The new museum for the Academy of Motion Picture Arts and Sciences comprises a renovated art deco building and massive ‘floating’ sphere
Words by Francesca Perry
The new Academy Museum of Motion Pictures in Los Angeles, designed by Renzo Piano Building Workshop (RPBW), has opened to the public. Dedicated to the art, science and culture of filmmaking, the museum is set across a 27,870 sq m complex which hosts exhibition galleries, theatres and public spaces. Run by the Academy of Motion Picture Arts and Sciences – which organises the annual Academy Awards (The Oscars) – the museum houses a core permanent exhibition as well as a roster of temporary exhibitions and screenings.
Designed by Pritzker Prize-winning Piano and his practice RPBW in collaboration with executive architect Gensler, the museum comprises two structures: the renovated and expanded May Company department store – a landmark building from 1939 built in the art deco Streamline Moderne style and now renamed the Saban Building – and a large new glass-and-concrete spherical building that Piano refers to as a ‘bubble’, and which appears to float over the ground.
The 23,225 sq m Saban Building houses the double-height concrete lobby, the museum’s exhibition galleries, a 288-seat theatre, education studio, conservation studio, restaurant and store. The building’s original gold mosaic-clad cylindrical corner, at the intersection of Wilshire Boulevard and Fairfax Avenue, has been restored, including the replacement of a third of its 350,000 golden tiles with new tiles from original Italian manufacturer Orsoni.
The building’s north facade, meanwhile – which opens on to the Sphere Building, to which it is connected by pedestrian bridges decked out with red carpets – has been completely refaced with a new glass curtain wall, reflecting Piano’s focus on transparency. Architecturally, this transition space hints at Piano’s high-tech legacy, but seems strangely cold and back-of-house.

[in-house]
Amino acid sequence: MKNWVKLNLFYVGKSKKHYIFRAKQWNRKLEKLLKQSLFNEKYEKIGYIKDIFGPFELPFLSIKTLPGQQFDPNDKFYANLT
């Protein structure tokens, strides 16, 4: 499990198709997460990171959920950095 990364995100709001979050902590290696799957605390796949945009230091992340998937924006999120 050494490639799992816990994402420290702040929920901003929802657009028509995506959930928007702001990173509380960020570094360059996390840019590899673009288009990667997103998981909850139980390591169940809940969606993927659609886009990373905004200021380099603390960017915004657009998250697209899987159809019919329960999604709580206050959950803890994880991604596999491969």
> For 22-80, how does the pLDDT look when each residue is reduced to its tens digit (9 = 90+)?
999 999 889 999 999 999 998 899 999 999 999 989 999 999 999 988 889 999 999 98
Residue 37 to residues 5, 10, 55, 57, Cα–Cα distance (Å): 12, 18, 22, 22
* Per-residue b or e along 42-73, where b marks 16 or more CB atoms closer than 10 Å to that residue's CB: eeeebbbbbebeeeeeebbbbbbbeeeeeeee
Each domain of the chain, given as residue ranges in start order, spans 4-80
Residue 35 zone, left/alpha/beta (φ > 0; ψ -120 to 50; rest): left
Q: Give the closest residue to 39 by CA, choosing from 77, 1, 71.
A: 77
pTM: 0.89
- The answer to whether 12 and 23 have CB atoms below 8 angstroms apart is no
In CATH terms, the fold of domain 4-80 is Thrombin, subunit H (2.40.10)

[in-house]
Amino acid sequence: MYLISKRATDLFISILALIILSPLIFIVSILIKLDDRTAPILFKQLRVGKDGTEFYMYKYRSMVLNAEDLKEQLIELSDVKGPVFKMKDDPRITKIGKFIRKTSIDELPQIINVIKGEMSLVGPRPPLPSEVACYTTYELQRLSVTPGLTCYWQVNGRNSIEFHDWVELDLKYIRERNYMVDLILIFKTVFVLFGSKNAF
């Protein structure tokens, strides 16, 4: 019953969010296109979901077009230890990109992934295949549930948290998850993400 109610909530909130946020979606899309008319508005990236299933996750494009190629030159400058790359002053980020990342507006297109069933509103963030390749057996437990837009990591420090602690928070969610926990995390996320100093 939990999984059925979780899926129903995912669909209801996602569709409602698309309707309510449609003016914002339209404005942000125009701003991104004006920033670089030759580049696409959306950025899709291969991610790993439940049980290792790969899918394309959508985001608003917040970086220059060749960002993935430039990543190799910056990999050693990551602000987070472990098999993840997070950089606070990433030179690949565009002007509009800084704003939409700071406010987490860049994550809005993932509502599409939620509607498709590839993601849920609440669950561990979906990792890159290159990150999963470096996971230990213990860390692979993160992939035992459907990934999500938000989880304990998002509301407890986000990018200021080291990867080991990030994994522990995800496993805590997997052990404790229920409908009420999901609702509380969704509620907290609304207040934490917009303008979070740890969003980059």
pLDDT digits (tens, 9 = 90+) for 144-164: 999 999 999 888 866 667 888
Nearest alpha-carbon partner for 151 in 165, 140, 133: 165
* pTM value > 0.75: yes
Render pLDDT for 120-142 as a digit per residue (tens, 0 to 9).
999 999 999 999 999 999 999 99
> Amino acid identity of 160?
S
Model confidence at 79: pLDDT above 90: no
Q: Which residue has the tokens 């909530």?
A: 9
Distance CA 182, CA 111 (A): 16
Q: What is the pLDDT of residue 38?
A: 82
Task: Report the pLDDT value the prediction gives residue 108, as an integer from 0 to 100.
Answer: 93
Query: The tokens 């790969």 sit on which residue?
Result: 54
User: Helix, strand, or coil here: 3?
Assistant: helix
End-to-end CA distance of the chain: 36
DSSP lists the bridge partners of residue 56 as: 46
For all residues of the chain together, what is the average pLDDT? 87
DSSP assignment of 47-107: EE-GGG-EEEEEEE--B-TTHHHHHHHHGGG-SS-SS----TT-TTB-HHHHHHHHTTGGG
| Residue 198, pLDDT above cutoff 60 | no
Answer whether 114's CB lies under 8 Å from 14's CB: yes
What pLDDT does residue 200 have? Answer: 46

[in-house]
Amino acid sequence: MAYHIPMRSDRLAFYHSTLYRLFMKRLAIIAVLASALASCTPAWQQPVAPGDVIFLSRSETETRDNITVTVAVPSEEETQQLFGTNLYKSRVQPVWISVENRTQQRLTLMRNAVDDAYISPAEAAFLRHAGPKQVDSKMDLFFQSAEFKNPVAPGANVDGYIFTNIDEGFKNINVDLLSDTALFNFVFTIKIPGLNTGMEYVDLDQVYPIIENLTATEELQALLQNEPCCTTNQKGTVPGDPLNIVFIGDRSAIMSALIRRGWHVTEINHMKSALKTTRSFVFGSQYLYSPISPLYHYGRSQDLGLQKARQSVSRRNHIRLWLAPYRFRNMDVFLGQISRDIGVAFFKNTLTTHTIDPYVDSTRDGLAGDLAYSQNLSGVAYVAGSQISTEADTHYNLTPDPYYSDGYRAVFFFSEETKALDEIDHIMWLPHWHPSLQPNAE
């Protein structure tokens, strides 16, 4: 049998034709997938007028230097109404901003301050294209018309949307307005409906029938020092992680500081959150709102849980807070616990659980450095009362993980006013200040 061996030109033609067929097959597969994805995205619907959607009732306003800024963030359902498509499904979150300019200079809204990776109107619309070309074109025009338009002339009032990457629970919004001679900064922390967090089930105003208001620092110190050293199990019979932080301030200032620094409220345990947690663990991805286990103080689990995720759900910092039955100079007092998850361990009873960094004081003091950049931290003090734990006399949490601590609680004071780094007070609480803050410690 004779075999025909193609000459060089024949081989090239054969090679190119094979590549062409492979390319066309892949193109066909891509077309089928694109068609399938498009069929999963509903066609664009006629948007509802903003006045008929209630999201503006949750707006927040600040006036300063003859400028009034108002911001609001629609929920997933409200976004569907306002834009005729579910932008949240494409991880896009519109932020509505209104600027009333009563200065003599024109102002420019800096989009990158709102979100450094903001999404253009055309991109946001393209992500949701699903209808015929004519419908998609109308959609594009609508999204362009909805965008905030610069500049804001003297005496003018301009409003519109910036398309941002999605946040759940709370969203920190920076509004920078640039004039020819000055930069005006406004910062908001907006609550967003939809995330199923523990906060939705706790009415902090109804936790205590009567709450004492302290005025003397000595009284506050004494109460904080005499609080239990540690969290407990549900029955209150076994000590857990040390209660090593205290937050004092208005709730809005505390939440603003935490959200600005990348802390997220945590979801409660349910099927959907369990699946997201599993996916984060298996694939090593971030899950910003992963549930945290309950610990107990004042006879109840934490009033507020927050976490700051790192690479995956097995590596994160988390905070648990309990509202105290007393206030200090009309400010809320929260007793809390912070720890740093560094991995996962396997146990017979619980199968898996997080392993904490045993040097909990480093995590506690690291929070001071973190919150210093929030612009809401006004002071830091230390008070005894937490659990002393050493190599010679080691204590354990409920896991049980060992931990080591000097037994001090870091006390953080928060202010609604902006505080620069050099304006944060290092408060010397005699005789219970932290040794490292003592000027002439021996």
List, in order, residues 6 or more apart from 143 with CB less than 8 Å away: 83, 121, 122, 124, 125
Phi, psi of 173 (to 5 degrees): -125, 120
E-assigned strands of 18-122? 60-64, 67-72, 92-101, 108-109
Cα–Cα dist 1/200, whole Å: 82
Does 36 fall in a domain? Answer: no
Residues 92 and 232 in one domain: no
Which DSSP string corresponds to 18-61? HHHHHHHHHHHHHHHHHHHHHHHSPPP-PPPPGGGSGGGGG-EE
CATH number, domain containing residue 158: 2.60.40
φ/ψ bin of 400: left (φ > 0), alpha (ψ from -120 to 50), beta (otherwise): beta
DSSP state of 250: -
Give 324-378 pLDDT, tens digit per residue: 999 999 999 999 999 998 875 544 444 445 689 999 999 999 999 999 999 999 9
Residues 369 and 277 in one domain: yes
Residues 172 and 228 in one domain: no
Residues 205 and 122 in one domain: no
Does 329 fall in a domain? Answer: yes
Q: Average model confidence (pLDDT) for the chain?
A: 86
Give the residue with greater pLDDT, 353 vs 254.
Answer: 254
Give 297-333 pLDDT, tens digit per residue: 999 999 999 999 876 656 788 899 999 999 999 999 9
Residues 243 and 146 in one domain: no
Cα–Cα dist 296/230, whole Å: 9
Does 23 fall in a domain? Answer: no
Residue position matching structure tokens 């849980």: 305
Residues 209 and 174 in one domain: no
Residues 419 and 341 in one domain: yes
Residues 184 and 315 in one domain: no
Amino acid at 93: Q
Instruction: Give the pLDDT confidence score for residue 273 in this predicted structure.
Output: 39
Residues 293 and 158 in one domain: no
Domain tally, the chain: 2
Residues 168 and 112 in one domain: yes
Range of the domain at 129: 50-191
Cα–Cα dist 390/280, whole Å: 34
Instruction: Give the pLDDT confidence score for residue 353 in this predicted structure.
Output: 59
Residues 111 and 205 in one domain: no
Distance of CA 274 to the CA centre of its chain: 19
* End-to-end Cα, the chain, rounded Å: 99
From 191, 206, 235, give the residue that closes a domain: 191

The 4,180 sq m Sphere building – constructed from concrete, glass and steel, and with an arresting spaceship-like appearance – hosts a grand 1,000-seat theatre and a public rooftop terrace above, which sits under the domed glazed roof and looks out on to the Hollywood hills. The truncated bottom of the spherical volume cantilevers strikingly over the ground, creating a sheltered piazza that opens into the city.
The museum’s core exhibition, Stories of Cinema, is set across three floors and designed by WHY Architecture; it explores all aspects of the history, arts, and sciences of moviemaking. The museum’s opening temporary exhibition focuses on filmmaker Hayao Miyazaki, co-founder Studio Ghibli, and features approximately 400 objects from each of Miyazaki’s animated feature films.
The project has been certified LEED Gold, no doubt short of the Platinum certification due to the amount of high-embodied-carbon materials used. Costing $482m, the museum was commissioned in 2012 and its opening on 30 September 2021 delayed by the pandemic, but its genesis goes much further back. ‘The dream of building a museum dedicated to movies has been 90 years in the making for the Academy,’ explains Academy CEO Dawn Hudson.
Photography by Iwan Baan
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